The field of health promotion, like many other fields, includes basic content that is used across the discipline, and students must have a working understanding of this basic material. For health promotion, the essential content areas include dimensions of health (physical, spiritual, mental/emotional, environmental); epidemiology; lifestyle behaviors and risk factors that influence good health—physical activity, nutrition, tobacco use, mental/emotional health, alcohol/ substance use and abuse, and sexual practices; program planning—educational, promotional, events, and communications; and behavior theories. To provide a refresher on this material, the LMS library module contains ebooks, online resources, image usage, and statistical resources.

Ill-Structured Assignments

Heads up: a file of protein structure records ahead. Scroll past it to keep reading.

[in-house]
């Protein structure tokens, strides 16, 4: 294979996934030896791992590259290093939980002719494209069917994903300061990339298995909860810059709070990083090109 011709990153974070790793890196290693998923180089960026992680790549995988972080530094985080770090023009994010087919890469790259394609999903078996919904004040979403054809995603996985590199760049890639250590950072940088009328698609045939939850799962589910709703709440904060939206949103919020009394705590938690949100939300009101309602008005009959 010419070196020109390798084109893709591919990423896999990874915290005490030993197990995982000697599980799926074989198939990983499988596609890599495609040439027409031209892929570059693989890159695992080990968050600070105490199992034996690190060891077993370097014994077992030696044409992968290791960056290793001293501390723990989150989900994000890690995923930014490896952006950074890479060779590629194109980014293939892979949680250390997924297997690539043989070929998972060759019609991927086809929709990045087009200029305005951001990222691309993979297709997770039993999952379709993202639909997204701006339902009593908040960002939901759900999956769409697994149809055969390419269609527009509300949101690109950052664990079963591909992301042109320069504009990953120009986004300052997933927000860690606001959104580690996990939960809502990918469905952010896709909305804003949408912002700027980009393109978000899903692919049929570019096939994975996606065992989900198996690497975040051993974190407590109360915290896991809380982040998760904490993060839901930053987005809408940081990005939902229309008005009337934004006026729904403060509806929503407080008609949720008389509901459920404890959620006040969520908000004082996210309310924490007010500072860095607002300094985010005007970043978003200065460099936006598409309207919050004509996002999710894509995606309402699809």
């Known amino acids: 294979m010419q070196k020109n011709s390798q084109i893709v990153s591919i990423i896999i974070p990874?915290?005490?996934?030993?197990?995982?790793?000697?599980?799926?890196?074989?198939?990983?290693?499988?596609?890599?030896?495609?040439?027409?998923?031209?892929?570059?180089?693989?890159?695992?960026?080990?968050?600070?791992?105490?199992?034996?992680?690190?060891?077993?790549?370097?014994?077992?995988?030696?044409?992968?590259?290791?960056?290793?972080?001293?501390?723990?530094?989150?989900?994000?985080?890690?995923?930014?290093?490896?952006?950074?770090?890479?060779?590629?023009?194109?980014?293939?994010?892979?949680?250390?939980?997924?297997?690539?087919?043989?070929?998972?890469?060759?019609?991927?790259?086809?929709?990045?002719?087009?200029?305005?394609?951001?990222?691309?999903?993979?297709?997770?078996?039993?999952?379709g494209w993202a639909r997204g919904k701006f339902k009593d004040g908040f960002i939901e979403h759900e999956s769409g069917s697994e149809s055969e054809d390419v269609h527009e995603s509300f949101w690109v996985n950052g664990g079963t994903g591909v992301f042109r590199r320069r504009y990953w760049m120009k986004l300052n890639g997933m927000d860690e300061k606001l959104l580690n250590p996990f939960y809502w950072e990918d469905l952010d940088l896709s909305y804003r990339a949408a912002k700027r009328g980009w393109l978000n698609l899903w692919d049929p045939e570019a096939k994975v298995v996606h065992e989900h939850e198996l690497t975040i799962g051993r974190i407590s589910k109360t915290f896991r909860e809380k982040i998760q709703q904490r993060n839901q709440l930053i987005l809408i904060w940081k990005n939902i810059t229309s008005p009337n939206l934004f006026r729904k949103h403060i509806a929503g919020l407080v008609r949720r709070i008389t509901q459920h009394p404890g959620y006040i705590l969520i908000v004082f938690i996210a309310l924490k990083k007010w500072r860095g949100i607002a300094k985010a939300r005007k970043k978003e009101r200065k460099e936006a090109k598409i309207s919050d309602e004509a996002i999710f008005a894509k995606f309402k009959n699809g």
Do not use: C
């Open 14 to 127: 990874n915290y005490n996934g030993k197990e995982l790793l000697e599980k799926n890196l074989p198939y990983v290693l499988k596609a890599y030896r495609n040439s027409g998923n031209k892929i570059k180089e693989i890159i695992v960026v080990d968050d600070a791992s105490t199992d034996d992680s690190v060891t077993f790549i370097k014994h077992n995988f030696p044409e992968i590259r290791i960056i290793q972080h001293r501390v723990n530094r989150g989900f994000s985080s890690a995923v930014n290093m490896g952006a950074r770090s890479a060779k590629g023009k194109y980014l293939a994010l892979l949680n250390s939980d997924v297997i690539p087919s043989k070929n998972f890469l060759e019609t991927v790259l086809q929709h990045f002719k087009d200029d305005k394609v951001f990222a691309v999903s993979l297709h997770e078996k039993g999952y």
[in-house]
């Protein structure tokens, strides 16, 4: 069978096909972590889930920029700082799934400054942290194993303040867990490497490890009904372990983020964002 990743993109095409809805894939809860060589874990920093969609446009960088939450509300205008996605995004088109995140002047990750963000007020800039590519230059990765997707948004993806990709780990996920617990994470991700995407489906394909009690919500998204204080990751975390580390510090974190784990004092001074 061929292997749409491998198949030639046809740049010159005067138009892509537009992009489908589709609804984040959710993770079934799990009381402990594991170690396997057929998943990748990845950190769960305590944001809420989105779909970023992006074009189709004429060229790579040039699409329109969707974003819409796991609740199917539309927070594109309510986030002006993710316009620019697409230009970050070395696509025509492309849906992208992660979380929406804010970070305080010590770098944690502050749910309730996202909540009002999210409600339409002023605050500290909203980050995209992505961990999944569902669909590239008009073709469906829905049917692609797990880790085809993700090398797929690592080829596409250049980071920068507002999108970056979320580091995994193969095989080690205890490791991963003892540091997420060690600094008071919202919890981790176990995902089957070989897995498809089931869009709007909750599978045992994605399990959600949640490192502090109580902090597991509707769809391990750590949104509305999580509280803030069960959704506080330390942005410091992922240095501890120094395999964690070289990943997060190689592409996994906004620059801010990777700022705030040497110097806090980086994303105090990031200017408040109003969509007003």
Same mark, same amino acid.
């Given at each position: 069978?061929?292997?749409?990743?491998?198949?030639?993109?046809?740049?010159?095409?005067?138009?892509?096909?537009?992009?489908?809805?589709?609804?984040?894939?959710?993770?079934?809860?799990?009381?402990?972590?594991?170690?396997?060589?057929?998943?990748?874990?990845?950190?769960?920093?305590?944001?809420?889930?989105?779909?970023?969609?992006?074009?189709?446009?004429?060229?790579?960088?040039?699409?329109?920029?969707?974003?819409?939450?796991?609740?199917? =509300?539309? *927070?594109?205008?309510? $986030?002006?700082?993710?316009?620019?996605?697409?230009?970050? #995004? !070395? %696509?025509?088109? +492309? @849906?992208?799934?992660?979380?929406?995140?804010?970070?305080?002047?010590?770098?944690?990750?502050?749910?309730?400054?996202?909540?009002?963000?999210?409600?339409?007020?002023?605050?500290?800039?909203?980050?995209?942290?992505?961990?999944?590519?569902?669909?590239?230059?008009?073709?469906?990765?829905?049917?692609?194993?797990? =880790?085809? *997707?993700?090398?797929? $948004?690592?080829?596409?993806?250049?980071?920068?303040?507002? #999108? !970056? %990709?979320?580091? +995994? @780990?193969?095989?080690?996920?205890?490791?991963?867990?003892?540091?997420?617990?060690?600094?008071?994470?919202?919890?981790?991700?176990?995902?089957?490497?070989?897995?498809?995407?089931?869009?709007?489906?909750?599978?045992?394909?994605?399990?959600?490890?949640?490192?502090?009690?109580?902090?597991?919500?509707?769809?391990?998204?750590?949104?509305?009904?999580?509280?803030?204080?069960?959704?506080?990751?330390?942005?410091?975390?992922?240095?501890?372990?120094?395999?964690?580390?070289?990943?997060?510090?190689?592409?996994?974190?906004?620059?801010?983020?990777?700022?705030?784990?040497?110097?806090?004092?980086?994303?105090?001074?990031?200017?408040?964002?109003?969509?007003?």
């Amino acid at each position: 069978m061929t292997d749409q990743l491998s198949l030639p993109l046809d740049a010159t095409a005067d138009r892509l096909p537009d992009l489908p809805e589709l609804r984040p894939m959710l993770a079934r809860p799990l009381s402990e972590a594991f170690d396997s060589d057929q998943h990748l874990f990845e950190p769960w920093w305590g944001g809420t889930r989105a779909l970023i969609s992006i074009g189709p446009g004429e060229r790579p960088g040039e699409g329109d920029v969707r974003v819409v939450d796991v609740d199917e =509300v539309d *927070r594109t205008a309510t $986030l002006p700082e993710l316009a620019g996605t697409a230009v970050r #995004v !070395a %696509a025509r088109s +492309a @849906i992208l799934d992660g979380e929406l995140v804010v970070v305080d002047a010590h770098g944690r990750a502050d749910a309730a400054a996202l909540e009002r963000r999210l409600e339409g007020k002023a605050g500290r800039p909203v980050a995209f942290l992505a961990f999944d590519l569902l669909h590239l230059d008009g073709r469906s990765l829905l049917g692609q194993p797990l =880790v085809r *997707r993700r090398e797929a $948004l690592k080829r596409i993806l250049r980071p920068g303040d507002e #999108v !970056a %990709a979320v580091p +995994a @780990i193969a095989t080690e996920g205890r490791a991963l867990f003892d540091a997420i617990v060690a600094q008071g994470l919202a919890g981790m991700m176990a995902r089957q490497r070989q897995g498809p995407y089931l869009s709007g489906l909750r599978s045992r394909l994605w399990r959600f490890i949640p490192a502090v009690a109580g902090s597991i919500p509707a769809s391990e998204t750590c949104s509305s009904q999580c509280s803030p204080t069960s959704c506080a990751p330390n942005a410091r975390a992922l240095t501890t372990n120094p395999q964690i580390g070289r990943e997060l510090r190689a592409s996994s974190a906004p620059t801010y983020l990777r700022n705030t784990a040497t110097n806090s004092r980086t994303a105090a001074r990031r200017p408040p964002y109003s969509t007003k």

Herbert A. Simon (1977) described an ill-structured problem as “a problem whose structure lacks definition in some respect” (p. 304), and explained that it is what is left over after the well-structured problems are identified. While Simon is describing how to structure a problem so that it can be solved by a computer program, the arrangement of ill-structured problems makes them excellent teaching tools that mimic situations encountered by health promotion professionals and in many other disciplines. Foshay, Silber and Stelnicki (2003) explained that an “ill-structured problem has no clear or spelled out initial state, goal, set of operations or constraints” (p. 130). Such problems reflect those typically encountered by adults in work and life situations, and addressing them results in meaningful and useful learning. Students are required not only to develop their own interpretation of a problem, but to create a solution. There may be multiple solutions appropriate to resolving the problem. Two central requirements in these assignments are that a student or group must justify the solution to show that it can be implemented and solves the problem, and must reflect on the process. As Foshay, Silber and Stelnicki (2003) concluded, “it is the reflection on the process that aids in both more effective problem solving next time, and in generalization of the process to new, related problems” (p. 131). This reflection is what we hope our students will retain and use during internships and work settings.